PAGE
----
As documented, the default for the first argument of split is ' '. ("As a special case, specifying a PATTERN of space (' ') will split on white space just as split with no arguments does.")

    $ perl -MData::Dumper -e' $_=" 56 1752.eps a b"; print Dumper split; ' $VAR1 = '56'; $VAR2 = '1752.eps'; $VAR3 = 'a'; $VAR4 = 'b'; $ perl -MData::Dumper -e' $_=" 56 1752.eps a b"; print Dumper split " "; ' $VAR1 = '56'; $VAR2 = '1752.eps'; $VAR3 = 'a'; $VAR4 = 'b';

    The next problem is that "2" is wrong for the third argument. You'd want to use "3" and ignore the last value returned.

    $ perl -MData::Dumper -e' $_=" 56 1752.eps a b"; print Dumper split " ", $_, 2; ' $VAR1 = '56'; $VAR2 = '1752.eps a b'; $ perl -MData::Dumper -e' $_=" 56 1752.eps a b"; print Dumper split " ", $_, 3; ' $VAR1 = '56'; $VAR2 = '1752.eps'; $VAR3 = 'a b';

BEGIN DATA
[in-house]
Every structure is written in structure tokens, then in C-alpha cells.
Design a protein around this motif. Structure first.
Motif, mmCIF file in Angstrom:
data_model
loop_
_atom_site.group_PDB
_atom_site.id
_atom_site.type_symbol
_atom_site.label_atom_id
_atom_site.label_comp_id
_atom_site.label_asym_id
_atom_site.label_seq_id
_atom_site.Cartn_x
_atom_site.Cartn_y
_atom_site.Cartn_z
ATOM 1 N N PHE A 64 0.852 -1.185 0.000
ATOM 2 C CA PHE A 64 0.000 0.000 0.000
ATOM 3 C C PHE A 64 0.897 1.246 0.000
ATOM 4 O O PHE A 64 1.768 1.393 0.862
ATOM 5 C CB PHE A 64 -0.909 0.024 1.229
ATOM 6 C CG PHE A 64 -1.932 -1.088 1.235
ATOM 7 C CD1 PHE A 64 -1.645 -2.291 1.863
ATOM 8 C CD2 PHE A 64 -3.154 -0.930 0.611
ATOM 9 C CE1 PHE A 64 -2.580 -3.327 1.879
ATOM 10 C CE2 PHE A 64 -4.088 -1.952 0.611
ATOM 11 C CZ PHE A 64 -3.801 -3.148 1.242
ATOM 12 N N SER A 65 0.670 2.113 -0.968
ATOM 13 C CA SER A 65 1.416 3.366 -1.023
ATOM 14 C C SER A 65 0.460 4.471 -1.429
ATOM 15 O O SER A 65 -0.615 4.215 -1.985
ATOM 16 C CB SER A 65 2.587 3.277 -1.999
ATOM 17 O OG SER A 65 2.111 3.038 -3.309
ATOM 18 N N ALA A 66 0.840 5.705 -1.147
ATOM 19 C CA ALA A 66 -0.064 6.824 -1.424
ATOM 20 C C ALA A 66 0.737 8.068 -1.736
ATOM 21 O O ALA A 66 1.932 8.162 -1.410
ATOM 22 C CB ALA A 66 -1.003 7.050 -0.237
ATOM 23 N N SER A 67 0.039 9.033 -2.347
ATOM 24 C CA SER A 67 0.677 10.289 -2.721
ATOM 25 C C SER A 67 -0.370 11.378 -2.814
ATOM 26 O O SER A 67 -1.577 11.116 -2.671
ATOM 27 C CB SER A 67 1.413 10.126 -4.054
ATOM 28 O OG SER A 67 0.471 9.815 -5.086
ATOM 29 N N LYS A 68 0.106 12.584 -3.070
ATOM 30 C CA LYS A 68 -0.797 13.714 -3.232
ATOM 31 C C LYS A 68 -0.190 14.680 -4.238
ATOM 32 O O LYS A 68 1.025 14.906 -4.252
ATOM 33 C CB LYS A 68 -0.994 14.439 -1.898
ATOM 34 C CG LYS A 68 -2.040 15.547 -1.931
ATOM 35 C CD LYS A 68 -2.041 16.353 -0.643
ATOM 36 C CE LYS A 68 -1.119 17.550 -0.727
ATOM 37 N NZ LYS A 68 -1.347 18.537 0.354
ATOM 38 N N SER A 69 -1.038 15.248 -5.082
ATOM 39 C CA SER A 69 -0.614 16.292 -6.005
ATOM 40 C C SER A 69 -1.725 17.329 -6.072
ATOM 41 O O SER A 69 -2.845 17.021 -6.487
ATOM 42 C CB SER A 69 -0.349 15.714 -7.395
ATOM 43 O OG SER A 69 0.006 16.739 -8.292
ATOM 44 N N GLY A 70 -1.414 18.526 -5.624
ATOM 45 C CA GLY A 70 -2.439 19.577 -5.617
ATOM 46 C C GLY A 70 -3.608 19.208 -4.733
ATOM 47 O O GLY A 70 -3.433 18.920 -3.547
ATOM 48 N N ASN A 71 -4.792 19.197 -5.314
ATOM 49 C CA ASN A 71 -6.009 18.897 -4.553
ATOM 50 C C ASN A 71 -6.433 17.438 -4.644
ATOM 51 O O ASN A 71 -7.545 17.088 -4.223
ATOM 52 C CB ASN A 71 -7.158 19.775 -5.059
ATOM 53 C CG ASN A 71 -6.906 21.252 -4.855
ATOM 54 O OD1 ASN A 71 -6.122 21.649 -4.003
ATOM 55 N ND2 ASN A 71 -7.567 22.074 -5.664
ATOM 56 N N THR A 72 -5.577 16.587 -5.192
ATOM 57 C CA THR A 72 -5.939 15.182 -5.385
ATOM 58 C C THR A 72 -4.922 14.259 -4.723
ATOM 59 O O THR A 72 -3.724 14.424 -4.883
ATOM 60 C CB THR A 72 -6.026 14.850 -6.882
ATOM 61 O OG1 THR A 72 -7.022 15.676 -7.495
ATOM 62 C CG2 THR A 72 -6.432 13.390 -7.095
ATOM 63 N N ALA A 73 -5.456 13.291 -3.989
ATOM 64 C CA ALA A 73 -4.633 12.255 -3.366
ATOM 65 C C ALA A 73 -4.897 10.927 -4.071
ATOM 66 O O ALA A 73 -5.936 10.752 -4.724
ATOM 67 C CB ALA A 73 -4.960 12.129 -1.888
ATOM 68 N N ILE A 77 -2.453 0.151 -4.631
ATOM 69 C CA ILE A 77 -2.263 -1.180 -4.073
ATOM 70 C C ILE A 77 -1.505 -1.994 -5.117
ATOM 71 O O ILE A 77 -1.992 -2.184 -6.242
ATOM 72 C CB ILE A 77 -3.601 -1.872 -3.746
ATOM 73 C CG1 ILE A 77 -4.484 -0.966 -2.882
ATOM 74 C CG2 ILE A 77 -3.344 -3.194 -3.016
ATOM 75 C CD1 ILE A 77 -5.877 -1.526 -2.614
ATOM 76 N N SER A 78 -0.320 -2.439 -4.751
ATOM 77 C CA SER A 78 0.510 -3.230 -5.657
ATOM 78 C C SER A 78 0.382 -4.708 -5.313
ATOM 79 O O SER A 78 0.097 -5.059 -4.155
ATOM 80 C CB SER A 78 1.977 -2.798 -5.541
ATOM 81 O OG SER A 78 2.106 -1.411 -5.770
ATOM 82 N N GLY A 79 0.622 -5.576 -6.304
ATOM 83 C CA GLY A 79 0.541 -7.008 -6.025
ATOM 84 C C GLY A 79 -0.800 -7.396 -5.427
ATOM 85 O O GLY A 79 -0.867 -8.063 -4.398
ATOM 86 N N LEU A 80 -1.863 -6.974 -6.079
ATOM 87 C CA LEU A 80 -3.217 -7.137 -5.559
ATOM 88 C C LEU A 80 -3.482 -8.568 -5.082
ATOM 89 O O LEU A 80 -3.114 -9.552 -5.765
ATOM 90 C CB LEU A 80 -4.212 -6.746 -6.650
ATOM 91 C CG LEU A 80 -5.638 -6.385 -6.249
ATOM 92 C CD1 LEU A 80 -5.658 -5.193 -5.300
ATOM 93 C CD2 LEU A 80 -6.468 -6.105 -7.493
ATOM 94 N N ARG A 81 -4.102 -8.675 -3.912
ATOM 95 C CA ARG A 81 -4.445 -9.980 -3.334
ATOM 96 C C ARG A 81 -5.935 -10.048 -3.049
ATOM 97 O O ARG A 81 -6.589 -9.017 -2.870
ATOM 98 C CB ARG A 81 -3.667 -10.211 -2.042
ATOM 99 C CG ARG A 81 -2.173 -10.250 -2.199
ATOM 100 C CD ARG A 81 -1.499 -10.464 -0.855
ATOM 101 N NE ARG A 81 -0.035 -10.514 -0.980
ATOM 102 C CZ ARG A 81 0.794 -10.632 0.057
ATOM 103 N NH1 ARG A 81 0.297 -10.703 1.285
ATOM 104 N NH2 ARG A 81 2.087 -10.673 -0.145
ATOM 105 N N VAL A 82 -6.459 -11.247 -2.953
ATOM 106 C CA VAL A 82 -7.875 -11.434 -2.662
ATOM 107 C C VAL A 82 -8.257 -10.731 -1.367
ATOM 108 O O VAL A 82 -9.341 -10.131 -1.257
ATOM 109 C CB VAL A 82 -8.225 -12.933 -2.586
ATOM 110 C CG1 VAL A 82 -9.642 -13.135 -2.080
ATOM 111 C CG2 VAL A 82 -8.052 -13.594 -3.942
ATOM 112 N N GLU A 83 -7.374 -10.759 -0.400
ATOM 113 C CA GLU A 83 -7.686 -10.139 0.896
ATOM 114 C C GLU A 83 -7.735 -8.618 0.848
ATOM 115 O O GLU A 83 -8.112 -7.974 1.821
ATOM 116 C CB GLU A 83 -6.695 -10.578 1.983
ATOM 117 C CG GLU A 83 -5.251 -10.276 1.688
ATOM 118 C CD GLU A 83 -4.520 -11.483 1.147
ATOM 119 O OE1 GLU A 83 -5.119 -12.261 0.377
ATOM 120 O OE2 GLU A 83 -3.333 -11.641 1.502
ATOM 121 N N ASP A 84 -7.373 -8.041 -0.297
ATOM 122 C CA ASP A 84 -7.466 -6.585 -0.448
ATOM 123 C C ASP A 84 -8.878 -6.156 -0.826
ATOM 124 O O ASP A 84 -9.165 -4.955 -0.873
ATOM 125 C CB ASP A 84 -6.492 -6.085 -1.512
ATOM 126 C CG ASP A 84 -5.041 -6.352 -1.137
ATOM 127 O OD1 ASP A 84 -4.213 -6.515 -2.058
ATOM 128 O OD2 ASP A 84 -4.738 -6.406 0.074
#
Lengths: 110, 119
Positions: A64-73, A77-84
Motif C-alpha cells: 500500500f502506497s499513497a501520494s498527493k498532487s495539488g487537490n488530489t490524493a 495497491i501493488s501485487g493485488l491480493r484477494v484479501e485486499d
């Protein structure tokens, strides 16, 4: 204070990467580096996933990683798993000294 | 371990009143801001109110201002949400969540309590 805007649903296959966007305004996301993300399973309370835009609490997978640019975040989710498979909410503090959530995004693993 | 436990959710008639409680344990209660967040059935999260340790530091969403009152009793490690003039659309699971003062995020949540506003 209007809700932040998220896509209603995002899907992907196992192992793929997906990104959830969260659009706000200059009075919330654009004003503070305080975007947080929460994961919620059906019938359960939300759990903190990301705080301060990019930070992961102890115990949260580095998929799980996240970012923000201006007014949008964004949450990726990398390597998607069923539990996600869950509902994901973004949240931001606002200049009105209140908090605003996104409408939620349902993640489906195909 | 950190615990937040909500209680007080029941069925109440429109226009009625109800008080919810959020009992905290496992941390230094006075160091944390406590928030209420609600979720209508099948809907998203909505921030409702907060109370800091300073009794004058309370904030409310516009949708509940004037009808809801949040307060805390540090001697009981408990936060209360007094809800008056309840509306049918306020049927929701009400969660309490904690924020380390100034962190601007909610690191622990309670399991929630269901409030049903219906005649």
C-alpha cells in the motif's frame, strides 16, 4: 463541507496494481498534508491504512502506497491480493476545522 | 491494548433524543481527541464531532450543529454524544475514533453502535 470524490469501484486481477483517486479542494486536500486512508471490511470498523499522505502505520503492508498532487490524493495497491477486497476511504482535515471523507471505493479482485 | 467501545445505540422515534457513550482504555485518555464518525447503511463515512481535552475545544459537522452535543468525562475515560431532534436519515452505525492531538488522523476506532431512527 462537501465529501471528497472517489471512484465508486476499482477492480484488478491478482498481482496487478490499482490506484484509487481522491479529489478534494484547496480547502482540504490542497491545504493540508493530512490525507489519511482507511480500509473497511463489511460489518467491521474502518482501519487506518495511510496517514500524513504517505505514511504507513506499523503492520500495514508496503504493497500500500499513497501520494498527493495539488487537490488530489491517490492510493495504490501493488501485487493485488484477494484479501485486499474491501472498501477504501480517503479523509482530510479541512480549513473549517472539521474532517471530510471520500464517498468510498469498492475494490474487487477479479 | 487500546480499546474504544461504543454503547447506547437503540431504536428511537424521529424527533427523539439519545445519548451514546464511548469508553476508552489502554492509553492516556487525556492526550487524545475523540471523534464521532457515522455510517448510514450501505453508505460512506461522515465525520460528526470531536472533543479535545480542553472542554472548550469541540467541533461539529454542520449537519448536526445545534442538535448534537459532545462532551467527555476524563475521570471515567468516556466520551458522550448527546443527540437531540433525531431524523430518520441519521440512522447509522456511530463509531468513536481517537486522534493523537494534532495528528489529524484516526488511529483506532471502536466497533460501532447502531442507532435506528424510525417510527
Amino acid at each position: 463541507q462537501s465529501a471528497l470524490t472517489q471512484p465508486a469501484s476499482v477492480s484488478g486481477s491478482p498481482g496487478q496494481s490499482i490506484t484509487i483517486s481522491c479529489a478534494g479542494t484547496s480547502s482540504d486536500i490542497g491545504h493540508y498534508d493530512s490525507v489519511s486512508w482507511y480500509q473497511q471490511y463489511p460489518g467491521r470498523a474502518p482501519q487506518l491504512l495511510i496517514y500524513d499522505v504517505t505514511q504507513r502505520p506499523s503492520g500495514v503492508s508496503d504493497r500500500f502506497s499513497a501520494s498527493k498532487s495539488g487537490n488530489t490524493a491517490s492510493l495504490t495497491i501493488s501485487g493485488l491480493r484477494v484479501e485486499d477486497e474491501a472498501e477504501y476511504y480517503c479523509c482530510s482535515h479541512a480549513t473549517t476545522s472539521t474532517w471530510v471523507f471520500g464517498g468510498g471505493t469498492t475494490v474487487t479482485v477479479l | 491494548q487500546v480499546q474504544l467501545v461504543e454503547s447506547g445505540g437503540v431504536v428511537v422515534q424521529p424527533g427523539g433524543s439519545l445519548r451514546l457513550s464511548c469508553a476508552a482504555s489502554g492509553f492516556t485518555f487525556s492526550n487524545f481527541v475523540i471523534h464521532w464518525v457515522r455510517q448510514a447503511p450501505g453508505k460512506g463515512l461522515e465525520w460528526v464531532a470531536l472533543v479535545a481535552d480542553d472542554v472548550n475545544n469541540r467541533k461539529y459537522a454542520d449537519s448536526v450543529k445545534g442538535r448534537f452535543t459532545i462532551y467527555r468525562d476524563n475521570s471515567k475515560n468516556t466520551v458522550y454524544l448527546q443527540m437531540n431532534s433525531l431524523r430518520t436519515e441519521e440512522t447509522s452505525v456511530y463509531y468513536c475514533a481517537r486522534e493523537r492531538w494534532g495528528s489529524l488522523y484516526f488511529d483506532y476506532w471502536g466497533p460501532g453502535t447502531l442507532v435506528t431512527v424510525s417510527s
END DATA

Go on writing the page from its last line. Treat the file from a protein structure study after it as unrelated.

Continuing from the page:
Solutions:

    for (@data) { my @a = (split)[0,1]; my @a = (split " ", $_, 3)[0,1]; my ($x, $y) = split(" ", $_, 3); my ($x, $y) = split; ... }

    split is optimised so that it doesn't do any unnecessary work for the last one. You could also avoid split entirely.

    my ($x, $y) = /^\s*(\S+)\s+(\S+)/;
Bug in Sort::Fields?
by cmv (Chaplain) on Jul 20, 2010 at 17:08 UTC
    Folks-

    Anon, ++jethro, and ++ikegami, thanks for the great responses.

    The reason I asked this question is because I'm seeing this problem when I use Sort::Fields. The script below will show what I mean: